In simple terms, juggling is about throwing and catching at the same time. And therein lies the challenge. Throwing is easy. Catching is easy. So why is juggling hard? Because you have to learn a new skill which is to concentrate on two actions at the same time without giving too much weight to either – because if you do, you can’t give sufficient weight to the other action and the process fails. Either action can be the point of failure. Pay too much attention to catching and you don’t throw well. Pay too much attention to throwing well and you won’t catch the ball.

Listening to a foreign language reminds me of juggling. When listening to someone speak, you have to hear a sound and interpret the meaning (action 1. translation) whilst listening to and storing the next sound (action 2. listening). If you find the meaning of a word or group of words becomes too important then you will concentrate. Concentration is, by definition, a process of exclusion, so you won’t have enough attention left to listen to the next words coming in.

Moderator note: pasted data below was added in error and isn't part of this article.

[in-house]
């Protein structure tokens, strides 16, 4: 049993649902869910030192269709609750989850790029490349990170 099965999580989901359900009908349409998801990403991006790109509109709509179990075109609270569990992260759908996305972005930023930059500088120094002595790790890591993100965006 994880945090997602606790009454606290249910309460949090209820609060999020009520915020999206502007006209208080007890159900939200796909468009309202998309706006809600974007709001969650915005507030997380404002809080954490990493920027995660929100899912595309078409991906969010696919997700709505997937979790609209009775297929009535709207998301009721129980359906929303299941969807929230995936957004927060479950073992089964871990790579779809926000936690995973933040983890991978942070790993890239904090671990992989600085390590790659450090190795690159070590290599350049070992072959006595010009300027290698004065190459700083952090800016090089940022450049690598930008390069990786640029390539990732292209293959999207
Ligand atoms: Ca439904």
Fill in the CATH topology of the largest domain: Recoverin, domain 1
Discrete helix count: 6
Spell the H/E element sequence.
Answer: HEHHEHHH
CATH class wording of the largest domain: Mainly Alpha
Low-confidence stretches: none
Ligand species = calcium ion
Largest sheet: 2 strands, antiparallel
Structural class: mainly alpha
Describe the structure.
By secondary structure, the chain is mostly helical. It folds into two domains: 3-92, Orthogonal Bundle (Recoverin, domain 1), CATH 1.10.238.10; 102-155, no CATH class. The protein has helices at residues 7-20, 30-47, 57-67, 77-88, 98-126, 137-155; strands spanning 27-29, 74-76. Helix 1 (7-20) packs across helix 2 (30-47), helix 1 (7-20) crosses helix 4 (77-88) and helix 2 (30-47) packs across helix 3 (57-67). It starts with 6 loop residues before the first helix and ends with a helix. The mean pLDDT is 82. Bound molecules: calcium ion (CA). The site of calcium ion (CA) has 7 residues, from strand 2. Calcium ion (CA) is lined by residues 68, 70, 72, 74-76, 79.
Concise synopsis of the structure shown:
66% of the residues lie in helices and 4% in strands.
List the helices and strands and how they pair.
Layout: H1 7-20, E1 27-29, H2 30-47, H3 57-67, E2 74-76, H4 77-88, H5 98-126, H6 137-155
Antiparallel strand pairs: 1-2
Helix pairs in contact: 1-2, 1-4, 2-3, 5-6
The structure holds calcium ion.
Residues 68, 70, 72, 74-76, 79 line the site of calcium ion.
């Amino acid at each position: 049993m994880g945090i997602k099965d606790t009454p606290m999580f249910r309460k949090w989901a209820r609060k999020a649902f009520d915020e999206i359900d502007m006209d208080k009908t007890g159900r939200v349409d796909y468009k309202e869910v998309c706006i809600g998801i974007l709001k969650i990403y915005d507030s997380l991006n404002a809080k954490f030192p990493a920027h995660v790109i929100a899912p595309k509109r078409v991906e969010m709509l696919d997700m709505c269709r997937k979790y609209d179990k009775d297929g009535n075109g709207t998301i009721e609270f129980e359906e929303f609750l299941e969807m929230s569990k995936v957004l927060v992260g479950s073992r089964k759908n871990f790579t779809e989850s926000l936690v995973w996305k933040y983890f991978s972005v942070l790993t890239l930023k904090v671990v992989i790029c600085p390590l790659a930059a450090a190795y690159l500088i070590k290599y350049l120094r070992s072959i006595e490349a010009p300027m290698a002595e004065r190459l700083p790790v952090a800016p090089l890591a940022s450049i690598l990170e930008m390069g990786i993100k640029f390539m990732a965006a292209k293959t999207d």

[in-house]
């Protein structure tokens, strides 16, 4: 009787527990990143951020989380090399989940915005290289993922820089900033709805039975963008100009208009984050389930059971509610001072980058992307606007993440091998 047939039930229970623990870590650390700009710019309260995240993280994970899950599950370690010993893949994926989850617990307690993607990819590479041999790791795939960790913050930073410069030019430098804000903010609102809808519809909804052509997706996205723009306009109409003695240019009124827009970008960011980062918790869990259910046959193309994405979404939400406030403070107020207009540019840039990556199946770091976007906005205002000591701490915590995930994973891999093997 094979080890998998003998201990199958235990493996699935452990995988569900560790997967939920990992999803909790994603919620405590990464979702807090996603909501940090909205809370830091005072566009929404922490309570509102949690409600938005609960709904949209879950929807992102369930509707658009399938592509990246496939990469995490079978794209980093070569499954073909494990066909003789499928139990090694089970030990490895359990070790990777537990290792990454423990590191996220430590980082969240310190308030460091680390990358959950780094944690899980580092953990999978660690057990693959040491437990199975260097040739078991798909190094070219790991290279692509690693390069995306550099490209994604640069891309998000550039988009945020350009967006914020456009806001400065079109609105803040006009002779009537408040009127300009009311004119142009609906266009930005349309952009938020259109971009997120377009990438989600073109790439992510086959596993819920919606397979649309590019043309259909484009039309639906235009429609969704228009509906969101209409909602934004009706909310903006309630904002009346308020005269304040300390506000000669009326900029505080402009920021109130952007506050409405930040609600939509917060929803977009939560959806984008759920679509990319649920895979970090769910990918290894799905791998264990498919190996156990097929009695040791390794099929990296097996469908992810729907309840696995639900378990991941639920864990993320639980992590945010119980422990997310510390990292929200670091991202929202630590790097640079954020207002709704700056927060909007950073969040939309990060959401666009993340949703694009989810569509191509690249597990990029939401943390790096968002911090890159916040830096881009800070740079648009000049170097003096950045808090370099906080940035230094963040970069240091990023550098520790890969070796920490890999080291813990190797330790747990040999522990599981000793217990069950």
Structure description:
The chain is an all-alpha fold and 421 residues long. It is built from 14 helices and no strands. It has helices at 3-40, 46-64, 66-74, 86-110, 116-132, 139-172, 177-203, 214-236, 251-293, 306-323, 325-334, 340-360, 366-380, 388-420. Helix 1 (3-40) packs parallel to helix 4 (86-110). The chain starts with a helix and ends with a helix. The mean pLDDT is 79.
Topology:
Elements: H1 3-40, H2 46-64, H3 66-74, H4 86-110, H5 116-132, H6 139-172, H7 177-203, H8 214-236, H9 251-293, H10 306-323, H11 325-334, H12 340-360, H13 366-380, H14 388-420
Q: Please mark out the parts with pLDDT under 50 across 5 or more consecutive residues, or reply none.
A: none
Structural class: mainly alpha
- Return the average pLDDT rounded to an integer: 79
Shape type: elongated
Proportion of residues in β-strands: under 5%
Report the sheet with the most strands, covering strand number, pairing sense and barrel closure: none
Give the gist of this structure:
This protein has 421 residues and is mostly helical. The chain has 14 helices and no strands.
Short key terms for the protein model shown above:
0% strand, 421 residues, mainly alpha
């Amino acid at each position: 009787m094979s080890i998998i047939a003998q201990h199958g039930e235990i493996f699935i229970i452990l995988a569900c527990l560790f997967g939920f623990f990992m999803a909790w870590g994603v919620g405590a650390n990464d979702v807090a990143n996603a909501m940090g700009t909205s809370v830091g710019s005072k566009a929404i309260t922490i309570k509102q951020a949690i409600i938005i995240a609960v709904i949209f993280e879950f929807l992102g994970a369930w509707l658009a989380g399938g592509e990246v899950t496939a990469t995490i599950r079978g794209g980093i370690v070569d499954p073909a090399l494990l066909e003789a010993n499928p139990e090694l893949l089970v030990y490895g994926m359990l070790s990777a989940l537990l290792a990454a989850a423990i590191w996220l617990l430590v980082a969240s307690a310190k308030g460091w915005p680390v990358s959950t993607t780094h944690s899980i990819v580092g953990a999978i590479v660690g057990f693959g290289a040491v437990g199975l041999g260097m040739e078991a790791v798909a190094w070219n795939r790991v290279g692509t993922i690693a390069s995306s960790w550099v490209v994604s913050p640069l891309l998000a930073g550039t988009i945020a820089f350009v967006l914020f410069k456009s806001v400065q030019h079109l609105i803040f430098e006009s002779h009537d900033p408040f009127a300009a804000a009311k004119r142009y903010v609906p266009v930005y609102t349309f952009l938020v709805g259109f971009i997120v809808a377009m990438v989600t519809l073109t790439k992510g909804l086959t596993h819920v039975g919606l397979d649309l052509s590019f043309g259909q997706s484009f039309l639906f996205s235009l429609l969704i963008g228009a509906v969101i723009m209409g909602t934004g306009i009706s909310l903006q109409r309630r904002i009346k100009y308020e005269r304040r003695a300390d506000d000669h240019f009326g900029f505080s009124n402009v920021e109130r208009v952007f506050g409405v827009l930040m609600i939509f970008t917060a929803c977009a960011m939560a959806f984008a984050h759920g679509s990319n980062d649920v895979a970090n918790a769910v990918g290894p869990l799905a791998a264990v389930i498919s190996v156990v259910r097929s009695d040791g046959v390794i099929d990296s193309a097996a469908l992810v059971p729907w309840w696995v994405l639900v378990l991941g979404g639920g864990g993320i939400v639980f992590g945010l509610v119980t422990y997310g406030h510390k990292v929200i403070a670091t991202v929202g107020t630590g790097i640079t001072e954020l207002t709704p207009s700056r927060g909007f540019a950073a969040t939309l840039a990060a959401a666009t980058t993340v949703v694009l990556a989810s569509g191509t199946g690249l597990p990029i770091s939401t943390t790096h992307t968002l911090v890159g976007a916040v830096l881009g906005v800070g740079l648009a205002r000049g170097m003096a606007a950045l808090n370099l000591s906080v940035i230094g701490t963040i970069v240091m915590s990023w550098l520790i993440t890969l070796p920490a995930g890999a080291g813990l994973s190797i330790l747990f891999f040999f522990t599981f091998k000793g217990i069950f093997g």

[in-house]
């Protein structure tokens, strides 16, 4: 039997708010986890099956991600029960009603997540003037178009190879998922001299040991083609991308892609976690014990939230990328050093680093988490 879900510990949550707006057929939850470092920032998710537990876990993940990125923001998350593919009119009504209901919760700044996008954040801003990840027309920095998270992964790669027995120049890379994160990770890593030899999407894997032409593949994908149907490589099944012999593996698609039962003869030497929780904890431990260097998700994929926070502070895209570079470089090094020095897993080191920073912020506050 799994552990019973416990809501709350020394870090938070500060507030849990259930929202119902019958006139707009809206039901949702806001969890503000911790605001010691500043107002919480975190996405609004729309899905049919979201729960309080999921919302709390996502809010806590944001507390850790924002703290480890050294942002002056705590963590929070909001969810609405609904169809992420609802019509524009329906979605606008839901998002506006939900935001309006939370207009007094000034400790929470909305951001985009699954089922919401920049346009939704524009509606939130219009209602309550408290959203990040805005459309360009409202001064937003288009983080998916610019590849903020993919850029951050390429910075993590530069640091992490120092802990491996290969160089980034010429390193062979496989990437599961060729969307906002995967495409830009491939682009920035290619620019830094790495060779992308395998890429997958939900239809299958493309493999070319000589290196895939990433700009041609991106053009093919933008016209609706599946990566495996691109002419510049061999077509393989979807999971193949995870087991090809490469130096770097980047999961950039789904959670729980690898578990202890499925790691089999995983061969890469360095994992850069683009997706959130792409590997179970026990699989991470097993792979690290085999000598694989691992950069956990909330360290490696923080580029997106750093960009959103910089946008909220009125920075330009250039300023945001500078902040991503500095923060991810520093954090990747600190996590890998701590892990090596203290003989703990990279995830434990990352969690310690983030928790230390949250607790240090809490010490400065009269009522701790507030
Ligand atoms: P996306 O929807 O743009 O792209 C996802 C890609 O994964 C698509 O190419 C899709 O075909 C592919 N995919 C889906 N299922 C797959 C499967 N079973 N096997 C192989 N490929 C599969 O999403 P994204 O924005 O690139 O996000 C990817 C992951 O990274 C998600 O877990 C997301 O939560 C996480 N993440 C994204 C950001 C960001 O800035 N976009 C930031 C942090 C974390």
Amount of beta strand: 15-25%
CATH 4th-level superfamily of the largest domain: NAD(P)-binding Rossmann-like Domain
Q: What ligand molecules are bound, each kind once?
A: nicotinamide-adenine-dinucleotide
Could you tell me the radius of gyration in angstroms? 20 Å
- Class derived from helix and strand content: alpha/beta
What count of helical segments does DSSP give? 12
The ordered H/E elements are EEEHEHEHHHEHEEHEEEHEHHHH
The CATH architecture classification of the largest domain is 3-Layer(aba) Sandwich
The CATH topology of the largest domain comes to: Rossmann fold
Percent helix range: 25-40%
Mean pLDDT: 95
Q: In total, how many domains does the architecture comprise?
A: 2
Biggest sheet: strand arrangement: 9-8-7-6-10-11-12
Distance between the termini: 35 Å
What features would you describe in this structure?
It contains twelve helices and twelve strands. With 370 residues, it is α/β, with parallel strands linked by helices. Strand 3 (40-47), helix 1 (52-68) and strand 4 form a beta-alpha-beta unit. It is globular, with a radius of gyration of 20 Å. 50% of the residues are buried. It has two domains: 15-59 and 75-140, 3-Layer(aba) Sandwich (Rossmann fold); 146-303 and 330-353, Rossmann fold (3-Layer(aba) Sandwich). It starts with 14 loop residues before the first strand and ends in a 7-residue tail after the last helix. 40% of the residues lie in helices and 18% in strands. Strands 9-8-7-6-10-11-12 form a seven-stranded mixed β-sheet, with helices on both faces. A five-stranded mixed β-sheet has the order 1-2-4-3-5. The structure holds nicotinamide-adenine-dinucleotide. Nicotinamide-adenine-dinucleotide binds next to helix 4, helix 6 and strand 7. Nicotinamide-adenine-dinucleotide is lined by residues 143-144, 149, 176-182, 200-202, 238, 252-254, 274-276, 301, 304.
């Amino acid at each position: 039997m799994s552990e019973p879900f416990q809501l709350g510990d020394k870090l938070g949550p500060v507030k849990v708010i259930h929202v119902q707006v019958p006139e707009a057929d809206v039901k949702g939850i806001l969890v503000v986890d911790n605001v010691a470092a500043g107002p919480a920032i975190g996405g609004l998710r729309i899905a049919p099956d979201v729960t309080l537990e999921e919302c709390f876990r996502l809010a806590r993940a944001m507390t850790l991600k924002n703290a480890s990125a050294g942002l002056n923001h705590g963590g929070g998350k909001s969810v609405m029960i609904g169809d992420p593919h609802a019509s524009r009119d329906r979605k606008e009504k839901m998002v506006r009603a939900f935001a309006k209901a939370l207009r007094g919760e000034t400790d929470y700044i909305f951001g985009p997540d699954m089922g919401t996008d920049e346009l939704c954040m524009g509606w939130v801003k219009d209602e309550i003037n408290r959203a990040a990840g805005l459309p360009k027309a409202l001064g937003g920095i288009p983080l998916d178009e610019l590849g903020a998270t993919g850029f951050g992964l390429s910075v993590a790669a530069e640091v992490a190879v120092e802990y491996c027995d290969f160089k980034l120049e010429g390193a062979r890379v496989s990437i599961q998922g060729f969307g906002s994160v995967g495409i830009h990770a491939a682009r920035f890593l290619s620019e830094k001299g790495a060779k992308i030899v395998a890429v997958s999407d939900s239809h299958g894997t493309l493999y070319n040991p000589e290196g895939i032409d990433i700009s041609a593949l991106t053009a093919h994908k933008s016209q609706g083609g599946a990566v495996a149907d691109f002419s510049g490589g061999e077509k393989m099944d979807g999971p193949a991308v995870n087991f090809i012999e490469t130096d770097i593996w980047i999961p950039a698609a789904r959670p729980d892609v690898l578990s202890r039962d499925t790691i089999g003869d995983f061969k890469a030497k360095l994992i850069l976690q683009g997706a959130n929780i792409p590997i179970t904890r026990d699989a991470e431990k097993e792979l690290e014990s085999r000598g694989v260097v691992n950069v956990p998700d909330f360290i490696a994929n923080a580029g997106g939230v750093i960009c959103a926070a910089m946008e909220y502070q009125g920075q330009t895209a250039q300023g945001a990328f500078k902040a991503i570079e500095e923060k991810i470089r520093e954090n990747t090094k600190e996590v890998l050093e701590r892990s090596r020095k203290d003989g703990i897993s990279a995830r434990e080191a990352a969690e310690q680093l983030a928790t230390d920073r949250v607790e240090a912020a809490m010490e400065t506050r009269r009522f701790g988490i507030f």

As a child you were used to hearing lots of words you didn’t know. You just let the ones you didn’t know go and allowed the words you did know to coalesce into meaning. But as an adult you are used to understanding pretty much every word you hear in your native language, which can create the bad habit of wanting to understand every word you hear in a foreign language. And while you are struggling to find the meaning of one word or group of words, you have insufficient bandwidth to hear the next group arriving.

That’s one reason reading is easier than listening for most people. Because they can pause their reading while they search for meaning.

So if you want to improve your listening skills, think of it like juggling. Don’t allow yourself to become too focussed on any single aspect of the activity. Try but don’t try too hard. Allow meaning to occur rather than trying to make meaning occur.